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-   -   Fixed Toilet, now high water pressure? (http://www.houserepairtalk.com/f33/fixed-toilet-now-high-water-pressure-9432/)

turtle_rouge 06-21-2010 11:21 AM

Fixed Toilet, now high water pressure?
 
I recently replaced the parts inside of our toilet tank. It had been running ever so slightly since we bought the house. Now that the toilet is not leaking, our faucets occasionally have a moderate burst of pressure when they are first turned on and then they go back to their normal flow. What is going on?

woodchuck 06-21-2010 09:04 PM

Sounds like air in the water line and it settles at the highest points which are the faucets. Could be from work on the water line down the road etc. It takes a long time to get it all out sometime.

Redwood 06-22-2010 07:19 AM

My guess is that you have a Pressure Reducing Valve that has failed or, a Thermal Expansion Tank on a water heater that has failed...

The leaking toilet bled off the excess pressure...

Nestor_Kelebay 06-22-2010 09:47 AM

My guess would be that your water meter has been replaced by your local municipality.

You see, older water meters used to allow for backflow through the water meter. So, when cold water was heated in the water heater, the expansion of the water would result in a tiny bit of back flow through the water meter.

However, there's been a great effort to prevent this kind of backflow because it could result in "Grey" water getting back into the water distribution system and coming out somewhere else, like into your glass of drinking water. So, nowadays all water meters have check valves that prevent that backflow.

So, if you don't have an expansion tank on your water supply piping, that burst of pressure is probably just due to the expansion of cold water in your water heater.

So, probably best to take a hammer to them new parts in your toilet tank until the toilet leaks again. ;)

As Redwood says, the problem was always there, it's just that the leaking toilet bled off that pressure.

turtle_rouge 06-22-2010 09:55 AM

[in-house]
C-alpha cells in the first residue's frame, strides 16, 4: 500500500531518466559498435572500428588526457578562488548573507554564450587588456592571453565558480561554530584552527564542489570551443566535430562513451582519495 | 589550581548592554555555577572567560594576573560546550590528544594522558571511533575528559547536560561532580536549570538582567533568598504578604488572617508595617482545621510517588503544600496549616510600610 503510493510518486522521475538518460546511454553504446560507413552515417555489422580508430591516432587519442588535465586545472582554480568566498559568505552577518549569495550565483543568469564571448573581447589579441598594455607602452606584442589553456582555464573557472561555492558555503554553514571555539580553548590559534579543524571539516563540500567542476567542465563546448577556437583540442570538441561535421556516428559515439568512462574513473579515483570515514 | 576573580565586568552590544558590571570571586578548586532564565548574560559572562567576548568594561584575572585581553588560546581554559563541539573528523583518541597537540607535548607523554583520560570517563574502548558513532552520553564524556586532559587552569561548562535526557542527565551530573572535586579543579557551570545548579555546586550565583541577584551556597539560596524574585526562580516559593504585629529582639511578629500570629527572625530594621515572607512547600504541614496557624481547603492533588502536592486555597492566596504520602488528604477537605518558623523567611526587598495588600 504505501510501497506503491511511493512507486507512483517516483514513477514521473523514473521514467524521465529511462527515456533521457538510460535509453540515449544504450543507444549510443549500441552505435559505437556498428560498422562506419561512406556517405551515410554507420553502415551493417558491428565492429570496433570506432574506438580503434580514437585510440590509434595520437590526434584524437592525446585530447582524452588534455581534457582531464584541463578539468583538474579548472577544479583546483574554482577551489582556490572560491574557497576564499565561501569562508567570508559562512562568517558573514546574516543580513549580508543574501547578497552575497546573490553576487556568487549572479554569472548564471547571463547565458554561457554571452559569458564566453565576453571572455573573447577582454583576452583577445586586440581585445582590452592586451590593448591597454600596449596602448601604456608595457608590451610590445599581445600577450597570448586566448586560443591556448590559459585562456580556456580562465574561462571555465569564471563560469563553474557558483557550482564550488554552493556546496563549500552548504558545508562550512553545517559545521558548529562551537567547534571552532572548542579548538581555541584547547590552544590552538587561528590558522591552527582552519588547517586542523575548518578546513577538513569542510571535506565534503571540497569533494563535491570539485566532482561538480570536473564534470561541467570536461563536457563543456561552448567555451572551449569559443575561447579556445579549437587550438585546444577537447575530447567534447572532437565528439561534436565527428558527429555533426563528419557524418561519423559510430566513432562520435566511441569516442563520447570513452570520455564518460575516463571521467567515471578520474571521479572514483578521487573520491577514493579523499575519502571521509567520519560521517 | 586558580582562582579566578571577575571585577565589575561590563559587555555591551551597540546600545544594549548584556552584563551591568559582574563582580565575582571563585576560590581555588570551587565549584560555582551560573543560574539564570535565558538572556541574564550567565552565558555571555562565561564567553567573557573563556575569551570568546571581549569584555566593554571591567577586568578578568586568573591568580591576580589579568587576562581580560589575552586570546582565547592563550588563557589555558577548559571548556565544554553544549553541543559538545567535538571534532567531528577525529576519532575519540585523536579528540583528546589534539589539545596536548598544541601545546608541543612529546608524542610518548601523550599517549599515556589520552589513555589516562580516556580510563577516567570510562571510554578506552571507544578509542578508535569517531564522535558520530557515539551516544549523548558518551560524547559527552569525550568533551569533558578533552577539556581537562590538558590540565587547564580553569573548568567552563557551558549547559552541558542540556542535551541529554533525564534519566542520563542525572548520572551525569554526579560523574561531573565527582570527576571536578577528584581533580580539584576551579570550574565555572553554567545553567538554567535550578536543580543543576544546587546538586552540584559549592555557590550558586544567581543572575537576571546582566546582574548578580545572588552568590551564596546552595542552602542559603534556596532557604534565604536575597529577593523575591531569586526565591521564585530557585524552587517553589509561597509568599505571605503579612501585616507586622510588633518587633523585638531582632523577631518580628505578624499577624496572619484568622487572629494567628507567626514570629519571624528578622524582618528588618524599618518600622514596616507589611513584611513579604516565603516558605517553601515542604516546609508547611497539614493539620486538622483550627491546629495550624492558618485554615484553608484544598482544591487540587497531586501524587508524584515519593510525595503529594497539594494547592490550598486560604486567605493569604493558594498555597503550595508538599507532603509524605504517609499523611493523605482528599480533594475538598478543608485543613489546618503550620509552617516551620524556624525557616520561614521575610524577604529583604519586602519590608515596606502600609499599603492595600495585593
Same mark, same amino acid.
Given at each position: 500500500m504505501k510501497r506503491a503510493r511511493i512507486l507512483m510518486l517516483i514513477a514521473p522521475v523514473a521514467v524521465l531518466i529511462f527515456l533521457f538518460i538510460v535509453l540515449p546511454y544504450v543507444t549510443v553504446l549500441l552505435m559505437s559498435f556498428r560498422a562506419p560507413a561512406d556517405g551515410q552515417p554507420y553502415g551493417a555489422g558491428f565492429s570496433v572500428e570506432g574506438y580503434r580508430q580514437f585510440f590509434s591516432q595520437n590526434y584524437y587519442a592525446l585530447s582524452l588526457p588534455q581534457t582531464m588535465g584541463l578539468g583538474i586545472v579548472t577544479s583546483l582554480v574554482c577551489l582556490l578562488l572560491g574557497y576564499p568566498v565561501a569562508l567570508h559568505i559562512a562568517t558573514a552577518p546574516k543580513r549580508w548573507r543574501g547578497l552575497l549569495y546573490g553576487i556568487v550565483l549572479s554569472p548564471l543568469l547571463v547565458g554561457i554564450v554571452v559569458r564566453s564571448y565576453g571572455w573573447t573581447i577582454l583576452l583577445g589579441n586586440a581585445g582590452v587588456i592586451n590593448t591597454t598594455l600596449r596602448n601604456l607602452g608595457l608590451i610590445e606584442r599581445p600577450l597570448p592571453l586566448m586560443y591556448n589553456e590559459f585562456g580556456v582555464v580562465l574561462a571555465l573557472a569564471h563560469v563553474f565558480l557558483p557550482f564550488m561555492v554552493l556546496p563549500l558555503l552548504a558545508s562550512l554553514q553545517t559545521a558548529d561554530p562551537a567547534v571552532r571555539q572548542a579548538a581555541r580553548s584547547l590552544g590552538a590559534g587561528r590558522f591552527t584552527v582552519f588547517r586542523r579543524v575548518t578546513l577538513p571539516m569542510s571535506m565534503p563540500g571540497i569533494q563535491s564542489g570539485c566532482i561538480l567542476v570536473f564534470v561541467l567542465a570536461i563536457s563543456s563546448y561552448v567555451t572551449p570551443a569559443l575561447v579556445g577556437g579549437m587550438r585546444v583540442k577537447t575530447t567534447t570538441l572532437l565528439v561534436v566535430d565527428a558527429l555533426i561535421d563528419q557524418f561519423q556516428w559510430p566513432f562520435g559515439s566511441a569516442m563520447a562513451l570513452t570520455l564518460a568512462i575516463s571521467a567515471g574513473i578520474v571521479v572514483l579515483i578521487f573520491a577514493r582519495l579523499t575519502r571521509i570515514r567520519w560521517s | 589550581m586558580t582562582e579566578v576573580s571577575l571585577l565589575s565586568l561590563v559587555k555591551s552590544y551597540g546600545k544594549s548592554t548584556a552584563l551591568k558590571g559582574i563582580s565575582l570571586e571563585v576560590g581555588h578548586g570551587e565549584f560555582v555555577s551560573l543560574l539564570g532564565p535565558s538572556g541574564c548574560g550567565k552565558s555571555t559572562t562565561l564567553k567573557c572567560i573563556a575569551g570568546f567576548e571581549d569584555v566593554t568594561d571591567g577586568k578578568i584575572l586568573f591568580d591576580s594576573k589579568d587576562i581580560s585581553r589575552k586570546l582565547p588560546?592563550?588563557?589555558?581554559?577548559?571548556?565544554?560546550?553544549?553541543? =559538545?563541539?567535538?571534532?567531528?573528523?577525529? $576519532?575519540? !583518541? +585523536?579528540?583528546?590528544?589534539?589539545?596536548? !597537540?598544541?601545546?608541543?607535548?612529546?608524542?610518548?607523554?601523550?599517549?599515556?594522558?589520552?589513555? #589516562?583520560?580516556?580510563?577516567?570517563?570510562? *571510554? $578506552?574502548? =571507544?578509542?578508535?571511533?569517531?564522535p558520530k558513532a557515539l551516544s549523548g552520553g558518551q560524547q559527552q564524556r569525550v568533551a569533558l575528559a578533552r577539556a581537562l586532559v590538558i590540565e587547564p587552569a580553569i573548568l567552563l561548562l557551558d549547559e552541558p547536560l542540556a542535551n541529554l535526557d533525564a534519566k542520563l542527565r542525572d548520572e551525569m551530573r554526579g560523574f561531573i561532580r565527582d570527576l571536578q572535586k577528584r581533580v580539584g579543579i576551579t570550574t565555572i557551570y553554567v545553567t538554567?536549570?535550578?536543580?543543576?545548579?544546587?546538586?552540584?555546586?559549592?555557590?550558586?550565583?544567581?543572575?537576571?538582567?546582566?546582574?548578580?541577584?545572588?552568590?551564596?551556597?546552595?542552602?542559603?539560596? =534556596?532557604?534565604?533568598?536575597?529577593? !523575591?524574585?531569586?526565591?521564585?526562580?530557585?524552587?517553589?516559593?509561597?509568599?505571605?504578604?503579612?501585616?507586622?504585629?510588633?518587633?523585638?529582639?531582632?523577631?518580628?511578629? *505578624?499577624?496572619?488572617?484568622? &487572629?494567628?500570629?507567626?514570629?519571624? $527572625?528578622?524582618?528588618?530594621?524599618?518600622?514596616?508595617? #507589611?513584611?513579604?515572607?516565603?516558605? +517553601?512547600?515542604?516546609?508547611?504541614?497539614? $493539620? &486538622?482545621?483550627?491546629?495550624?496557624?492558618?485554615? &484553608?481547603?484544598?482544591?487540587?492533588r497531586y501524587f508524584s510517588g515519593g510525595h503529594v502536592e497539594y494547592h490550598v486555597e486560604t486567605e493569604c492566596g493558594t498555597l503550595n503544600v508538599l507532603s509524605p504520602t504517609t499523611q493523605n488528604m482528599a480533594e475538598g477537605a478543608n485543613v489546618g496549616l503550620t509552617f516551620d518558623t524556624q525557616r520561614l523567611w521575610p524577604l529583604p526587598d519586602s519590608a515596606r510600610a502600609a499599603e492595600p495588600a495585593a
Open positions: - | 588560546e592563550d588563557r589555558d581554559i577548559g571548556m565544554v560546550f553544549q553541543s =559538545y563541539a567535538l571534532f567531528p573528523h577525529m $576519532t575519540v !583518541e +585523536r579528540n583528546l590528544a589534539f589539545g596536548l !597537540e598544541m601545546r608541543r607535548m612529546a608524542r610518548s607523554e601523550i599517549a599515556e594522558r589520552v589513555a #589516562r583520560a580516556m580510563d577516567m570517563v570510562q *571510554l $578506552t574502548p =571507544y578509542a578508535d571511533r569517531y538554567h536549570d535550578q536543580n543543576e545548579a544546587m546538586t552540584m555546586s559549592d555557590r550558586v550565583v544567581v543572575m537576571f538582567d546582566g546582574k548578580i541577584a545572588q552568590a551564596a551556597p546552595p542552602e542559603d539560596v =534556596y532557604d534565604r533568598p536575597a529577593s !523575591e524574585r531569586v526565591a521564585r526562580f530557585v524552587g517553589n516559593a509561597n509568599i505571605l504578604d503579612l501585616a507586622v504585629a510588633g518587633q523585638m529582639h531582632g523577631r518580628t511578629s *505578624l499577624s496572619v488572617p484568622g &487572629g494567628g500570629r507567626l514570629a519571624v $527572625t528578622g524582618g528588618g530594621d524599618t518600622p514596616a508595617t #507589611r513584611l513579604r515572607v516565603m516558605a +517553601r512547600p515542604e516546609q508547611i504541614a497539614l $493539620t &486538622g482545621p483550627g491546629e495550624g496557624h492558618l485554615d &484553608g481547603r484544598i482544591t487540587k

Those are the two things I was worried about, Redwood. That was all I could find out from Google and I was just hoping it wasn't true.

I looked at the hotwater heater yesterday. The pressure relief valve appears to be working fine. I think.... It moves up and down. There is a tube attached to it that goes off behind the water heater. I have no idea what it connects to. I am hoping it drains somewhere other than the floor...

I also looked for a pressure reducing valve and couldn't find one. There wasn't one just off the meter at the street. And, our water shut off is apparently outside, buried under 6 inches of dirt. I dug it up and didn't find anything past the knob. I'm not saying there isn't one, I was just only willing to dig so deep into that stupid little hole with my plastic spoon at that moment... I am guessing it is a bad thing that my main water shut off is buried outside (Is this normal? Do we need to dig it up and insulate it with something easier to remove than dirt?).

Is there a way I can tell for sure if it is the hot water heater or the elusive pressure reducing valve instead?

turtle_rouge 06-22-2010 10:01 AM

Ah, Nestor, you are probably correct. Our water meter was replaced about 6 months ago (yes, sadly, the toilet had been leaking that long...).

So, do we need to install an expansion tank or is it okay? It is not a huge rush of water, just 1-2 seconds of an increase in volume. I am guessing if we are going to be out for any amount of time, it would be a good idea to let a faucet drip. But, for just daily use, is it alright to have a little pressure build? And, why is the pressure relief valve in the hotwater tank not taking care of this?

turtle_rouge 06-22-2010 10:09 AM

Okay, awesome! I just looked up the expansion tank. I can totally install that. Whew! I am so glad that it is not a more major problem.

I am still wondering though, probably a stupid question, but why does the pressure relief valve not take care of this problem?